Philadelphia woman using music to empower young girls

PHILADELPHIA (WPVI) -- A Philadelphia woman is using her music and her conviction to build something extraordinary, and it has grown, perhaps beyond her wildest dreams.

Alysia Lee grew up in the suburbs of Baltimore but came back to Philadelphia's Fishtown neighborhood 10 years ago to be with family. With her, she brought her classically trained singing voice and performance background.

"I began to find myself thinking like what's the purpose of all of this music if it's not building community and connecting people, and I wasn't convinced that just attending a concert really created connections that were really impactful and transformative," she said.

She created a program that did all of those things and called it "Sister Cities." It's a girls empowerment choral academy that provides musical training for girls from kindergarten all the way to 12th grade.

They take part in seasonal programs, theater, music, dance and poetry workshops, and have gone on tour with the Philadelphia Orchestra, performed at Carnegie Hall, the Kimmel Center, and the Academy of Music to name a few.

"It's so important that students have opportunities to build new things to use their imagination, to create something that wasn't there before and also to share the things that they're thinking about with others. It really builds confidence, it builds critical thinking, it builds connection and it helps young people to succeed now and later," she said.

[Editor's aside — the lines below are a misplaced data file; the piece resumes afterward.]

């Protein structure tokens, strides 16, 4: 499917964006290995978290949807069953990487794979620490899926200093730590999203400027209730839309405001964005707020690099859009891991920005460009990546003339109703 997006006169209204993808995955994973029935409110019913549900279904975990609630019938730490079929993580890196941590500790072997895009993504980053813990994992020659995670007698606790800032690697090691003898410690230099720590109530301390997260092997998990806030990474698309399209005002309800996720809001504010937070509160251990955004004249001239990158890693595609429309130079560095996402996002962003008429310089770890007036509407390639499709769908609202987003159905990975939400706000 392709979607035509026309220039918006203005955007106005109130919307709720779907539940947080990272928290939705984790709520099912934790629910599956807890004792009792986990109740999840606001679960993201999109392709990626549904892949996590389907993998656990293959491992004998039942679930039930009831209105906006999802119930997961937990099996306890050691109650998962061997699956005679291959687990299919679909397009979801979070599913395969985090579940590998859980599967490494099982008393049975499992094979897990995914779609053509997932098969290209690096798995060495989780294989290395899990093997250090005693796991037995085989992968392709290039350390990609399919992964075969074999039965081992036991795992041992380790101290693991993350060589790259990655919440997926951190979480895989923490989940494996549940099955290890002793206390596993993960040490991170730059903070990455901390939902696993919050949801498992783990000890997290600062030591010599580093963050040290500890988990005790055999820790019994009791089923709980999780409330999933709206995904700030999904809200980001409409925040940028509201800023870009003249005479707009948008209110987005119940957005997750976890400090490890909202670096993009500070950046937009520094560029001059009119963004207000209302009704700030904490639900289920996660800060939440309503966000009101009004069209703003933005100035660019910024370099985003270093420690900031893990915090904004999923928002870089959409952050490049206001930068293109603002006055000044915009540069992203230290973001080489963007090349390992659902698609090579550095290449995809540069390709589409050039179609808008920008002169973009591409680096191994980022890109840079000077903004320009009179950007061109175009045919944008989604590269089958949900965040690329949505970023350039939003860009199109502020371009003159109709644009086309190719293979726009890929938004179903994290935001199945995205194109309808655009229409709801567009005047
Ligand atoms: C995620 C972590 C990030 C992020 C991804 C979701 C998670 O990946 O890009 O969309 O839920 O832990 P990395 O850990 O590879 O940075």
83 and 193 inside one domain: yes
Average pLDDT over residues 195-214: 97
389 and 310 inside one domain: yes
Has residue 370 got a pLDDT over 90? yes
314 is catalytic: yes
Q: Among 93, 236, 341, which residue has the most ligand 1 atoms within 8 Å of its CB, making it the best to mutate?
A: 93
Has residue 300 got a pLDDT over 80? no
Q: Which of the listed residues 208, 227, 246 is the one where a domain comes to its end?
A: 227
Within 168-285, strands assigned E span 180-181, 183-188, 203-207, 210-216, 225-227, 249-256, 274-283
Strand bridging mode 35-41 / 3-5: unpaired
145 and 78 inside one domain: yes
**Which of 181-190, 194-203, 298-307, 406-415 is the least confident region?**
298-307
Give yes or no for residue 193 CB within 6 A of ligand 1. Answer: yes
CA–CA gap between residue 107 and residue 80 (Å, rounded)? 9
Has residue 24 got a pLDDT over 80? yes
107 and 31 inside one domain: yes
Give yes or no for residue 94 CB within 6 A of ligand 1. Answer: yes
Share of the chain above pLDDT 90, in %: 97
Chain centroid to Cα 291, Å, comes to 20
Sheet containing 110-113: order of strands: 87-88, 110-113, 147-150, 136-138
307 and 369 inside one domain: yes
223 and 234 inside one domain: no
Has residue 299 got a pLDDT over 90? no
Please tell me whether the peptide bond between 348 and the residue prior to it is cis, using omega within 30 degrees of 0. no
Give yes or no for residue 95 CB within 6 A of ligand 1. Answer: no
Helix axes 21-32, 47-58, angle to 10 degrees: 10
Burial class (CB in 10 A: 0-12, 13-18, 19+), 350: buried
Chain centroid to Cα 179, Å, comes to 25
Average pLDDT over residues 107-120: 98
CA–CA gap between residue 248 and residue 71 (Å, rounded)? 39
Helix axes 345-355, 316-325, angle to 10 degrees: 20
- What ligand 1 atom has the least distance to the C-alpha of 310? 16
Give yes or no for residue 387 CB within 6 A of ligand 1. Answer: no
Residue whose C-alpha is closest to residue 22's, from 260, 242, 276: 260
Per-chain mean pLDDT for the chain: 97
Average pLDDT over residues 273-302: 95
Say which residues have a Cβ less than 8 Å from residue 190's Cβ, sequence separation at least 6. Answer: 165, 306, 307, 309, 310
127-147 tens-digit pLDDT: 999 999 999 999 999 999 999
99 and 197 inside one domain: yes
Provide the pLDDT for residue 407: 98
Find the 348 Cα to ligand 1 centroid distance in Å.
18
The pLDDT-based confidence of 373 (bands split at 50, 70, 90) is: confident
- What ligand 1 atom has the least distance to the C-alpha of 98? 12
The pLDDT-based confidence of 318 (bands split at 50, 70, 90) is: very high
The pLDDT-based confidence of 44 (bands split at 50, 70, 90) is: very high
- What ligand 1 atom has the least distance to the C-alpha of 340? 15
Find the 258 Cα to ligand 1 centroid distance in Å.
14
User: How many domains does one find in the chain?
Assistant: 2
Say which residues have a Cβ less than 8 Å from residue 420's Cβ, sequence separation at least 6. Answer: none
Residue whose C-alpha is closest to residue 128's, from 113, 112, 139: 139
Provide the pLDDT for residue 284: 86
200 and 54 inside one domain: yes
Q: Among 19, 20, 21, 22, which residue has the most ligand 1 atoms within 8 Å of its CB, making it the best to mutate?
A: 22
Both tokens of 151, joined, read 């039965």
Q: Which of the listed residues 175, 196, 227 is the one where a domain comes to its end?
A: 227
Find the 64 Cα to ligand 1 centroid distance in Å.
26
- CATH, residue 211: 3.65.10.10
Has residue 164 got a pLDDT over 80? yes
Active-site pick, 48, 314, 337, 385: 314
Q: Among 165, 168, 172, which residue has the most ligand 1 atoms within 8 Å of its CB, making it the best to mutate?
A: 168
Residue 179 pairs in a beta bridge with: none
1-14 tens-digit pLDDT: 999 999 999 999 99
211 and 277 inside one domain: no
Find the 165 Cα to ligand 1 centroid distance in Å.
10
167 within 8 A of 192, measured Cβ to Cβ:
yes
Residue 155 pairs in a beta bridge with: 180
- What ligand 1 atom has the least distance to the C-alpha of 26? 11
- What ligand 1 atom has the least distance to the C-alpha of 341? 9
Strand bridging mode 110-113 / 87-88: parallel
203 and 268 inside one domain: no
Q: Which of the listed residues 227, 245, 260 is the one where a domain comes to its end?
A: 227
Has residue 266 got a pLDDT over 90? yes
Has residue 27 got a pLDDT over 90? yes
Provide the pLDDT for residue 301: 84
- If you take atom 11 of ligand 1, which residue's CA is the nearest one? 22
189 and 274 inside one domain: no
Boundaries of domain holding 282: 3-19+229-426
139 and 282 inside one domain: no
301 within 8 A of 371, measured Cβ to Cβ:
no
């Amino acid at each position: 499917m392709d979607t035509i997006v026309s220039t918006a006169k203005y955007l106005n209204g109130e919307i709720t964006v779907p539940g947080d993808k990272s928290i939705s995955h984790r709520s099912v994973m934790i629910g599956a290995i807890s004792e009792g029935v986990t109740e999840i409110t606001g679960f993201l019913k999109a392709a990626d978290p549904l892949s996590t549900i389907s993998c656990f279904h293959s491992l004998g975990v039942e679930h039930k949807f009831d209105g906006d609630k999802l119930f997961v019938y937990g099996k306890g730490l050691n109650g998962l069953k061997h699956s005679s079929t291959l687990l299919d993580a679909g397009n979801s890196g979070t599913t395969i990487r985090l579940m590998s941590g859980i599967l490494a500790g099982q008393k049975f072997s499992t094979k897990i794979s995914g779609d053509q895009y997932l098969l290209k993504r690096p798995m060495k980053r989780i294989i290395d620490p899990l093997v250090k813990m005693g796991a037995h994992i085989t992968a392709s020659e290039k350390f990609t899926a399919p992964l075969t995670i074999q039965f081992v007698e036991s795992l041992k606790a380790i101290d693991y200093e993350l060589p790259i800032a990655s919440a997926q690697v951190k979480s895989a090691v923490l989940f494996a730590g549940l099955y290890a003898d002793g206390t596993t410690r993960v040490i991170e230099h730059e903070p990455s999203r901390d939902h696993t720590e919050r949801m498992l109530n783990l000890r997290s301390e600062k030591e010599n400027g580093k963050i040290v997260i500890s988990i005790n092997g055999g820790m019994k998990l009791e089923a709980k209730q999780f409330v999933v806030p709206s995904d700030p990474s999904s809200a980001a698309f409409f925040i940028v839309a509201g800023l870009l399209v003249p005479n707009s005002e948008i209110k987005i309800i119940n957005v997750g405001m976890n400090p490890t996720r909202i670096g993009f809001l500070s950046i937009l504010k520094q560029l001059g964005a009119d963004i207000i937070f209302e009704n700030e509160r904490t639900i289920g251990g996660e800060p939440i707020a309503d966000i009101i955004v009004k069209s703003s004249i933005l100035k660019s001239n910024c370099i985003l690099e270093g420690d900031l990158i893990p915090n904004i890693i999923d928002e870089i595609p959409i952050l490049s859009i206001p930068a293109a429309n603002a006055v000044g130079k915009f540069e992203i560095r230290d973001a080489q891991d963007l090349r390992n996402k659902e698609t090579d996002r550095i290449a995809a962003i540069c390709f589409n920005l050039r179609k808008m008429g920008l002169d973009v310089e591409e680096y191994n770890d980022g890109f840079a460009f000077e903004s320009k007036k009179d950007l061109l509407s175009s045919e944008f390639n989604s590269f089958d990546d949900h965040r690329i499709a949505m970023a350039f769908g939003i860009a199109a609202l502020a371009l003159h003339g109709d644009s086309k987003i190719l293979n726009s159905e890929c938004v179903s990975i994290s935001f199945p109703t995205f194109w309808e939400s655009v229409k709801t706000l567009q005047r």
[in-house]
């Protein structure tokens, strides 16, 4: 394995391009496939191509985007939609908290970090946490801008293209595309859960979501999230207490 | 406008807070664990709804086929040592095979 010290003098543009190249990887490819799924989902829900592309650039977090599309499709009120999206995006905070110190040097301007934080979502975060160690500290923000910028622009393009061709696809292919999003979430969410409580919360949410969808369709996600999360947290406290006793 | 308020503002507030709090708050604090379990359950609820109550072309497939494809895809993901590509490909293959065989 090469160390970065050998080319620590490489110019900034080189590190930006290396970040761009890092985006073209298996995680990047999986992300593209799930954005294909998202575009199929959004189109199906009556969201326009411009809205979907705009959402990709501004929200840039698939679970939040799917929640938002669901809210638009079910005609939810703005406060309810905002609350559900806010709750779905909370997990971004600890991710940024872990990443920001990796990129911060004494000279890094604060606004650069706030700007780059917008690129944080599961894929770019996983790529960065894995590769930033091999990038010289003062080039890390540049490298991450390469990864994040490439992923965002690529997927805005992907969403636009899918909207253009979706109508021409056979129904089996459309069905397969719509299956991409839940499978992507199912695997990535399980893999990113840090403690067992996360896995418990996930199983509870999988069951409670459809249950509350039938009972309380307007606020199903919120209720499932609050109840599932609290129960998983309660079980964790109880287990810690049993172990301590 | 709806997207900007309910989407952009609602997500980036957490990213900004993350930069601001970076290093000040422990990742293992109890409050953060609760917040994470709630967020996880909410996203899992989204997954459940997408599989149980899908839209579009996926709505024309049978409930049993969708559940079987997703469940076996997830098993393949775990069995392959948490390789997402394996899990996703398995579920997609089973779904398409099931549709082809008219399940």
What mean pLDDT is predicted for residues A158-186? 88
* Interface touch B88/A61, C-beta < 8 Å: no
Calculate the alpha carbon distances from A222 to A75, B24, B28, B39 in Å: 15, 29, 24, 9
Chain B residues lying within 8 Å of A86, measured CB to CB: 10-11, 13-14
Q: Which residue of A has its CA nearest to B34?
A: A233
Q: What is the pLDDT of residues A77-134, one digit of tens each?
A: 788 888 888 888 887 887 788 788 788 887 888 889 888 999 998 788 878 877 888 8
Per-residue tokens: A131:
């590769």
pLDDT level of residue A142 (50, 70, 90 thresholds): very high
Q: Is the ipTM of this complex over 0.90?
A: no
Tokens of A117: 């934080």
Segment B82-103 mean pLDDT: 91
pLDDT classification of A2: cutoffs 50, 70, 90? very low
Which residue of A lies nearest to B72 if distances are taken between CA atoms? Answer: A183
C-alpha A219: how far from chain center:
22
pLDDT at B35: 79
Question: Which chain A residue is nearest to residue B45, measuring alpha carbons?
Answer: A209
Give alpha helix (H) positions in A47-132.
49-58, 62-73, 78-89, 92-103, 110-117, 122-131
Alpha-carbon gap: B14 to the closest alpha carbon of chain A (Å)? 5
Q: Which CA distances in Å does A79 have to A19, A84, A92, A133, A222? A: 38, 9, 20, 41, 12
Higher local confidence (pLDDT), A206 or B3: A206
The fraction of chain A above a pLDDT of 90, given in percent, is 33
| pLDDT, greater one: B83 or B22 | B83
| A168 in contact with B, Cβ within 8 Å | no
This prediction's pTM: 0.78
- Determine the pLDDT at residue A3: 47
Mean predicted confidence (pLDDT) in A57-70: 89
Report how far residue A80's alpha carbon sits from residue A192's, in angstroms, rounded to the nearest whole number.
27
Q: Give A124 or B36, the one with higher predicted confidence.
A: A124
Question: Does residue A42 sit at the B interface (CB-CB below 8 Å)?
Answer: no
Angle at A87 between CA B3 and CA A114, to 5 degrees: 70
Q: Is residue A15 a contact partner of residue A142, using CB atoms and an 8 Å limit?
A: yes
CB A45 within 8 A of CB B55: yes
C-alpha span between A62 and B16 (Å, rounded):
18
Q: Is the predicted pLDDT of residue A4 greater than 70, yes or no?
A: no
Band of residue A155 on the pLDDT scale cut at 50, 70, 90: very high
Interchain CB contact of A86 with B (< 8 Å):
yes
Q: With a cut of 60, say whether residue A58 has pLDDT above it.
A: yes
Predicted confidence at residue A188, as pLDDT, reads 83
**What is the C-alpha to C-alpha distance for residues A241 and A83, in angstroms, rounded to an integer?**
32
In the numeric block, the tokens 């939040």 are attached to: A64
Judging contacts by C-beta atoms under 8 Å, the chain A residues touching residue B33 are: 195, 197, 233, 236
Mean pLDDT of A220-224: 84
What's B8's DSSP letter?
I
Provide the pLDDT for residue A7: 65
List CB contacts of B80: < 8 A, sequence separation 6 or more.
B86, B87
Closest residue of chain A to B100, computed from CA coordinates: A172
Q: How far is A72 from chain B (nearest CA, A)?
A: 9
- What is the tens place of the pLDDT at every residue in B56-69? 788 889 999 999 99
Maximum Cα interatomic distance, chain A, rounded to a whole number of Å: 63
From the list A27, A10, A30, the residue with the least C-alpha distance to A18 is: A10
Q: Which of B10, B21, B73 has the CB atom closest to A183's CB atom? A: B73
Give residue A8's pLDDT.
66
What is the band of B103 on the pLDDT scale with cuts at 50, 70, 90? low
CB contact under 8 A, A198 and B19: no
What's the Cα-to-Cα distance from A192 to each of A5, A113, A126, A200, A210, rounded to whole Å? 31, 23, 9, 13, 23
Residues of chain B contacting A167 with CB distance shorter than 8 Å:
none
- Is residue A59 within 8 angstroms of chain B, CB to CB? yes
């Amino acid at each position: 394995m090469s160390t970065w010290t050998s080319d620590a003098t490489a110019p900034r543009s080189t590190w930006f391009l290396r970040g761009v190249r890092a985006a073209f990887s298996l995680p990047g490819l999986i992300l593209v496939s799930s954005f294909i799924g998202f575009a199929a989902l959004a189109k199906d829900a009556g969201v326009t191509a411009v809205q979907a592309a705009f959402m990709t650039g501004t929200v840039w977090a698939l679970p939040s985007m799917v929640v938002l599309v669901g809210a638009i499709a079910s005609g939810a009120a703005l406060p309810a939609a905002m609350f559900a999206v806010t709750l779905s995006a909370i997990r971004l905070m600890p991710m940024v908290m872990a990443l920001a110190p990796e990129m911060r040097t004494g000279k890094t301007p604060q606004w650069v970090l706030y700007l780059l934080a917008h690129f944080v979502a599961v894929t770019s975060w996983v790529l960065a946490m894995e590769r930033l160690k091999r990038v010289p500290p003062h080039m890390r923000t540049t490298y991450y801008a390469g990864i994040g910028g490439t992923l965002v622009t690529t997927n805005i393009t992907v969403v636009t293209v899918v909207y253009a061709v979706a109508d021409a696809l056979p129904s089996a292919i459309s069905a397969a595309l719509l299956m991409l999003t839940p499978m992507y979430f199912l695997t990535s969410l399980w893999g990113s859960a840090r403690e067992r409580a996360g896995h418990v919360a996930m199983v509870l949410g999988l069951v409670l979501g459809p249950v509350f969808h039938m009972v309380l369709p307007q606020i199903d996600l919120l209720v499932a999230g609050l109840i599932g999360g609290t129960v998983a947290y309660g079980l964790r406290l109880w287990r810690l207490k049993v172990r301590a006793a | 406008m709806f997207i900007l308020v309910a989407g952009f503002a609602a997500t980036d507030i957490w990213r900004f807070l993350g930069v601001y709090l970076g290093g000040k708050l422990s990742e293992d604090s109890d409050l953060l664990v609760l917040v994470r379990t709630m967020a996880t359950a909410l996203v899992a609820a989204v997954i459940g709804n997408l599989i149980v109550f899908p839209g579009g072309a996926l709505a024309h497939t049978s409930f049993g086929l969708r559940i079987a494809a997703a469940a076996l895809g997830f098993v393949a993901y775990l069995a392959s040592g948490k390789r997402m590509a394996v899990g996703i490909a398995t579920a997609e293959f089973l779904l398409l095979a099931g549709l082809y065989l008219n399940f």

The program has girls representing from 36 Philadelphia zip codes and has expanded its reach to girls in Camden, New Jersey and Baltimore, Maryland.

And with a worldwide pandemic making the arts and performing more difficult, Lee found ways to keep students engaged through virtual rehearsals and performances. Believe it or not, besides small monetary donations for supplies, the program is completely free.

"I remember my family really harping on us that the heroes were just regular people who did something that they believed in and so that hero status is available to all of us," she said. "I would like to think that young women of Sister Cities Girlchoir one day will also be thought of as Black history heroes as they forge a new world and they create a better world for all of us and we all get to enjoy."

"My biggest dream: there would be no child sitting around looking for opportunities to make music that cannot," she said.
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